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Ion fluxes from protoplasts and split segments of oat coleoptiles relating to the mode of action of growth substances

posted on 2023-05-26, 20:19 authored by Juswono, Unggul Pundjung
Indole 3 acetic acid (IAA) is the major plant growth substance that causes normal plant elongation and the bending responses to light and gravity. The mechanism by which IAA causes cell wall loosening to produce elongation growth of plant stems is still in controversy. The most accepted hypothesis for the mode of action of IAA is the acid growth hypothesis, which states that auxin regulates wall loosening by causing a pH drop in the cell wall. Many questions are left in relation to the involvement of ions in the mechanism of wall loosening. The investigation of ion fluxes from plant cells in the presence and absence of the cell walls may contribute to the explanationof the involvement of these ions. The study of proton fluxes on opposite sides of protoplasts shows an asymmetric pattern and polarity of the flux. This leads to the conclusion that the protoplasts must have polarity to allow pH regulation in the cytoplasm. Estimation of the change in the cytoplasmic pH due to observed influx or efflux of protons shows that the cytoplasmic buffering capacity alone is not capable of neutralising the observed proton flux. IAA and fusicoccin (FC) stimulate proton extrusion from protoplasts by factors of about three and two times the control. It must be stimulation of active proton transport that is caused by these substances. IAA also enhances the calcium efflux which may be a way to maintain the cytoplasmic free calcium at a low level. As with protoplasts, IAA and FC also enhance proton and calcium effluxes from epidermal and parenchymal cells of split oat coleoptiles. Ion fluxes from the epidermal cells are larger than those from the parenchymal cells. It could be that the epidermal cells are more sensitive to the growth substances. However, the effects of IAA and FC on ion fluxes from the parenchymal cells are still observable. There is no time delay in enhancement of proton and calcium fluxes from protoplasts and segments by IAA and FC. This is in contrast with results of other workers in observing the effect of IAA. However, enhancement of proton and calcium fluxes by FC is larger than for IAA. The calcium appearing in the external medium may come from a compartment inside the cell and from the cell wall. The cell walls contribute about 75 to 90 % of the total amount of the emerging calcium. The calcium from the walls results from the exchange of the extruded protons from inside the cell with the condensed calcium in the wall. This is in agreement with the Weak Acid Donnan Manning (WADM) model for cell wall ion exchange.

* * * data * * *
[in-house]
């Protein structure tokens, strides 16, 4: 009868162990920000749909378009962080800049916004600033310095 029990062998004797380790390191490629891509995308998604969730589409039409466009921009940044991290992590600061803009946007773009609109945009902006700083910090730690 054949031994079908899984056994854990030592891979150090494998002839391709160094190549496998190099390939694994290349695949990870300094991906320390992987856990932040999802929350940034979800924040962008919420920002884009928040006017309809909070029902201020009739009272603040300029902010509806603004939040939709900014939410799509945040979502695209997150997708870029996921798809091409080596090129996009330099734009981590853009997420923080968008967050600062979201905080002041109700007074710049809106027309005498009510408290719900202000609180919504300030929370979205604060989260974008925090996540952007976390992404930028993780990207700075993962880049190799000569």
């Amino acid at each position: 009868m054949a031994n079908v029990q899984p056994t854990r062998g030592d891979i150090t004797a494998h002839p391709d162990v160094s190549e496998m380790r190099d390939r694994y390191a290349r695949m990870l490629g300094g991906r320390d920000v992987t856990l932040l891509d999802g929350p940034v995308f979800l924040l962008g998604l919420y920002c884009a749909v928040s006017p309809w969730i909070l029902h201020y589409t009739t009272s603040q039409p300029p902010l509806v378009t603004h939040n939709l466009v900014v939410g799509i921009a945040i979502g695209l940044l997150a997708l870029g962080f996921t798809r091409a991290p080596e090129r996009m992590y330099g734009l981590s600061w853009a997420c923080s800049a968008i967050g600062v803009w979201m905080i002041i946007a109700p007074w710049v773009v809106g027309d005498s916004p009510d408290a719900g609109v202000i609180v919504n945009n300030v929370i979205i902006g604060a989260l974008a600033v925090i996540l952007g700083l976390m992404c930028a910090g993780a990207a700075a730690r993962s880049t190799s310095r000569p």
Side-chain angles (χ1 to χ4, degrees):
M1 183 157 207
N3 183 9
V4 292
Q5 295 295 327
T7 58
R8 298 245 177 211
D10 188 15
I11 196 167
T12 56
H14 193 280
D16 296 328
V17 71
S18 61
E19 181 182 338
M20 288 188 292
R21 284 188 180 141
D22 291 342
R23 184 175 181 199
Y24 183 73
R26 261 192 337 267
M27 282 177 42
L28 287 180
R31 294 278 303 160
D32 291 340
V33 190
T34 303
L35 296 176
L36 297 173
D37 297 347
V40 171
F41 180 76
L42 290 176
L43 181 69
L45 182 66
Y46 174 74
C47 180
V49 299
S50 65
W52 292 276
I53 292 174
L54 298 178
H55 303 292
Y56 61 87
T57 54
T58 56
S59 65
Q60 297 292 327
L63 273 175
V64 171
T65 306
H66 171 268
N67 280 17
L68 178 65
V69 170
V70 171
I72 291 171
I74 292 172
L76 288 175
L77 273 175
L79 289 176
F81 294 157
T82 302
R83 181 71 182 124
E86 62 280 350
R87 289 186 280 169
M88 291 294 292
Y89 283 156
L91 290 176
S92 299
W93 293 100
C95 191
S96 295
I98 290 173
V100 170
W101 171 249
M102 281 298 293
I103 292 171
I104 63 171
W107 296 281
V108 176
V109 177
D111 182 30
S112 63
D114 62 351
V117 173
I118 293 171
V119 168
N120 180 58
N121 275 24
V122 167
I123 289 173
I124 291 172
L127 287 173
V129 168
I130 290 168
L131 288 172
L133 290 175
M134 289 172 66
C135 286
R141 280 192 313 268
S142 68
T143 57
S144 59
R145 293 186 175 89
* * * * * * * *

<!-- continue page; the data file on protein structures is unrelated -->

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Copyright 1996 the Author - The University is continuing to endeavour to trace the copyright owner(s) and in the meantime this item has been reproduced here in good faith. We would be pleased to hear from the copyright owner(s). Examines the mechanism by which indole 3 acetic acid (IAA) causes cell wall loosening to produce elongation growth of plant stems. Thesis (M.Sc.)--University of Tasmania, 1998. Includes bibliographical references. Examines the mechanism by which indole 3 acetic acid (IAA) causes cell wall loosening to produce elongation growth of plant stems

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